Career Center

SoMCC Event

Title:

  AAAS Science & Technology Policy Fellowship Program - An Introduction

Date:   Tuesday, February 12, 2008
Time:   12:00 -1:00 PM (Presentation and Q&A)
1:00-1:30 PM (Informal reception)

Location:   Clark Center Auditorum

Sponsor:   School of Medicine Career Center (SoMCC)

Event details:  

Overview:  
 Since 1973, nearly 2,000 AAAS Science & Technology Policy Fellows have bridged the divide between science and public policy, gaining significant knowledge about the federal government system while advancing their careers and helping promote science in the U.S. and around the globe. Year-long opportunities are available in approximately 30 congressional offices and nearly 15 federal agencies in Washington, DC.

Several former Fellows will present information on available opportunities, qualifications, the application process, and how the program can enhance your career. Graduate students, alumni and faculty from all fields of science, engineering and medicine are welcome to attend.

Applicants must hold a PhD or equivalent degree (DVM, MD, etc.) in any physical, biological, medical/health, or social/behavioral science, any field of engineering, or any relevant interdisciplinary field. A master's degree in any engineering field plus 3 years of post-MS degree professional experience also qualifies. All degree requirements must be completed by the application deadline, 15 December 2008. Federal employees are not eligible and U.S. citizenship is required. For more information, see: fellowships.aaas.org


About the Speakers:

Ellen Natesan, Ph.D. is a biologist in the Natural Resources Division of the San Francisco Public Utilities Commission (SFPUC). She focuses on integrating science into SFPUC's biological monitoring and environmental analyses associated with utility operations.  She was a 2003-05 AAAS Risk Policy Fellow at the U.S. Environmental Protection Agency in the National Center for Environmental Assessment. In this role she served as the U.S. delegate to several international conventions on biological diversity, participated in an inter-agency working group on earth observations, and contributed to the EPA’s Report on the Environment.  Ellen held positions with Texas A&M University’s Department of Biology and U.C. Berkeley’s Department of Integrative Biology.  She holds a Ph.D. in Wildlife and Fisheries Science from Texas A&M University and a B.A. from University of California, Berkeley.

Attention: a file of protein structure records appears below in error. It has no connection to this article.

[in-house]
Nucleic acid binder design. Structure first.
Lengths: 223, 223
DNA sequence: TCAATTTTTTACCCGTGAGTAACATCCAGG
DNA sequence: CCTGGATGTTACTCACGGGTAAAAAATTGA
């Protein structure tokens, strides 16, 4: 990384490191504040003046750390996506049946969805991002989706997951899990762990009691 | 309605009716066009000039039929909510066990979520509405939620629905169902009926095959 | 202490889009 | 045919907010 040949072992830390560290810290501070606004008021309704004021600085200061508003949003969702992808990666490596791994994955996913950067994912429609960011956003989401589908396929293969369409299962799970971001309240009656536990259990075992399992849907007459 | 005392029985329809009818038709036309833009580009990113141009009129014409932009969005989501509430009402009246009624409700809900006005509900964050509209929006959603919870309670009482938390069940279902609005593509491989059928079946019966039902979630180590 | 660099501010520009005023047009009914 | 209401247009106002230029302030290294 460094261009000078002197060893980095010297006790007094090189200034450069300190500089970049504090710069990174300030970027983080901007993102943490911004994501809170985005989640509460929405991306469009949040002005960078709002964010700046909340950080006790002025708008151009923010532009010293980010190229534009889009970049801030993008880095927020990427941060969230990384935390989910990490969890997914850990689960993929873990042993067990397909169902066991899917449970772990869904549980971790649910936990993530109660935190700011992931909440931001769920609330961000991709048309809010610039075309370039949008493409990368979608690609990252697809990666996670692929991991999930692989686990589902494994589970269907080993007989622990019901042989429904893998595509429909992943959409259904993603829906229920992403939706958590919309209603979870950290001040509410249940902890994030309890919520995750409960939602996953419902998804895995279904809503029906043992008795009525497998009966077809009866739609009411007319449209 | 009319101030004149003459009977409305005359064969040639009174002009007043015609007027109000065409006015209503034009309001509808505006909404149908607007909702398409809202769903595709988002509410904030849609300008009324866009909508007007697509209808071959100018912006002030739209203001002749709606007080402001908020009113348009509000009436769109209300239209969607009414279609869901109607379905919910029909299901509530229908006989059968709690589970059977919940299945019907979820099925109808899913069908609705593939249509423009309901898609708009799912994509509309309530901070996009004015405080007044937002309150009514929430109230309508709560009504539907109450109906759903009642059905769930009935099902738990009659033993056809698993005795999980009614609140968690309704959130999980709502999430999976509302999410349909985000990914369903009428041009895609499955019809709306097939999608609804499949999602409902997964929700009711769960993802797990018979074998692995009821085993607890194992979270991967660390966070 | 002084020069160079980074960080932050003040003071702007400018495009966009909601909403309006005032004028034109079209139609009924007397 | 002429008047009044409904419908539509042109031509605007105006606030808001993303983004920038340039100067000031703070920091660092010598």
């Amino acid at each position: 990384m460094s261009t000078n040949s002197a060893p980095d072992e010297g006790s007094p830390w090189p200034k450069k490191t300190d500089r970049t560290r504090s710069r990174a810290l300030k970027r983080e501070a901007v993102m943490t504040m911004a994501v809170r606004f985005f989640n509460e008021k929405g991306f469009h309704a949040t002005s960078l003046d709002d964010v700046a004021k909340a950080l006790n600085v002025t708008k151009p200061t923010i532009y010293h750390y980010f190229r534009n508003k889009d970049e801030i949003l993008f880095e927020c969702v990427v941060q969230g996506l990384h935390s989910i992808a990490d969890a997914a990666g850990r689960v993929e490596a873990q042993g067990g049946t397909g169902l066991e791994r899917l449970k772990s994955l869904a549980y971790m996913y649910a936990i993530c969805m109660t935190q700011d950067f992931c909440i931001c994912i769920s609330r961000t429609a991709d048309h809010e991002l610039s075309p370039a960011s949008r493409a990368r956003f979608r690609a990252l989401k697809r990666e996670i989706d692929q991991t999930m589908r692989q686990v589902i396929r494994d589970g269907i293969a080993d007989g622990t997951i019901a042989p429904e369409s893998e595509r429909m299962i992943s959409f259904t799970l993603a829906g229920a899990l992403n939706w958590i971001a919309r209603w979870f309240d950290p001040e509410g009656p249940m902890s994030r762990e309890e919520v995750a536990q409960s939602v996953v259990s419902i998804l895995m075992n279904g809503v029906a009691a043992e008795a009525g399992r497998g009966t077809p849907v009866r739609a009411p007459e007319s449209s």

Jon Kaye, Ph.D. is a program officer with the Gordon and Betty Moore Foundation's Marine Microbiology Initiative. Prior to joining the Foundation, Jon was a 2005-06 AAAS Fellow at the U.S. Environmental Protection Agency in Washington, DC. There he developed research and policy strategies aimed at mitigating the risks and consequences of naturally occurring or intentionally introduced human, animal, and plant diseases.

By training Jon is a marine microbial ecologist. He spent seven months at sea investigating deep-sea hydrothermal vent communities in the North and South Pacific oceans. He has also helped the American Museum of Natural History and the PBS television program NOVA with projects related to hydrothermal vents.

Jon earned a B.S. in Geology–Biology at Brown University and a Ph.D. in Oceanography at the University of Washington. After graduate school, he was a post-doctoral researcher in the Microbiology Department at the University of Massachusetts–Amherst.

Fee:  
Free and open to Stanford ID holders.
     
Additional information and/or registration:   RSVP required. Space is limited, register online

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